Tags: Ian R Macleod
In this book Ian Macleod shows two great strengths as a writer: evocative scenes and realistic character. Unfortunately, you could argue that his characters, in particular his main character, are a little too realistic. Additionally the mood he his evoking is a mellow, sad feeling about lost opportunities and small dreams. This feeds into the realism of the main character: lost opportunities and small ambitions are very realistic. However, that’s not necessarily something you want to read about. The book concerns the interactions between the first world, represented by Europe and particularly the main character’s (and Macleod’s) Britain, and the third world, represented here by a massive slum covering hundreds of square miles of polluted, radiation-poisoned ground in the Middle East. The main character is a first world doctor at a missionary hospital trying to help the poor in the face of apathy from his fellow Europeans and resentment from those he wants to help. There’s no way an even mildly realistic story along these lines can hope to resolve the problems of its world, or even the problems of its character. Macleod is going for an exploration of and meditation on these themes and while he certainly succeeds the result is curiously unfulfilling. It’s not easy to put a finger on but I’ve decided the problem is this really shouldn’t be a science fiction novel. This criticism threatens to open up a whole other can of worms, but for the moment let’s just say that while I feel SF at its best is always about humanity and the present, a book loses a lot of immediacy by taking problems of today, transplanting them 60 years in the future, and drastically changing the societal structure around them. If Macleod was trying to do a strong allegory I missed it, and failing that while the overall themes are certainly similar his de-nationalized and amorphous third world just doesn’t snyc up with our problems today. My insistence that it does comes from the nature of the book: a sad and heartfelt examination of the contradictions of the first/third world interactions. If I don’t feel like it is relevant to present times, then I just don’t really care, and that leaves the book with very little to stand on. Hopefully you can see from this that The Great Wheel is a good, well-written book that just didn’t connect with me. I’m sure others will find it to be brilliant. Recommended to those who are looking for a book without whiz-bang action but character and introspection.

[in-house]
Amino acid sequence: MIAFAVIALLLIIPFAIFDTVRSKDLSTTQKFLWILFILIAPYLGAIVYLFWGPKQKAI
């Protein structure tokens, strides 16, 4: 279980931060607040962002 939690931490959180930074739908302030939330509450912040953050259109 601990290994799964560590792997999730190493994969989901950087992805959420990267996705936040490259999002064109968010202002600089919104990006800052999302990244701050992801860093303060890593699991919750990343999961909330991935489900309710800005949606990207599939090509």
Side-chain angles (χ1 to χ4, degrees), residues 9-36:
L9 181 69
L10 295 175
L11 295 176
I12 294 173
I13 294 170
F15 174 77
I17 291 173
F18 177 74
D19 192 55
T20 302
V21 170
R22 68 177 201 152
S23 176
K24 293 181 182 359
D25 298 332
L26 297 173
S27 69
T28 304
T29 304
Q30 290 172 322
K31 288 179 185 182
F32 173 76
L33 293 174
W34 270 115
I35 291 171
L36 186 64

Tags: Richard Morgan
Altered Carbon is an SF detective novel, a somewhat neglected subgenre. Unlike many previous attempts, such as Brin’s Kiln People and Adams’ Dirk Gently books, this takes SF noir and plays it straight. It’s sufficiently noir that it really has lot more in common with Neuromancer than with Caves of Steel. Fortunately it comes off well. It also passes the second test, in that it isn’t just a normal detective novel with spaceships instead of cars. As the main character explores the seedy underworld in search for clues, the author explores the effects of personality backups, virtual reality prisons, and vat-grown spare bodies. This might also sound a little like Kiln People but where Brin made duplication technology ubiquitous but impermanent, Roberts makes his expensive but long-lasting…the latter meaning both the bodies and the storage of personality. The ramifications of the technology are well-drawn, but I found the characters and plot only moderately engaging. Important elements of the main character’s past are left more or less unexplained. While that leaves it open for sequels (and indeed there has since been a sequel) it left me without much in the way of a connection to the cypher of a main character. Still it’s a good read, stays consistent straight through to the end, and I recommended it.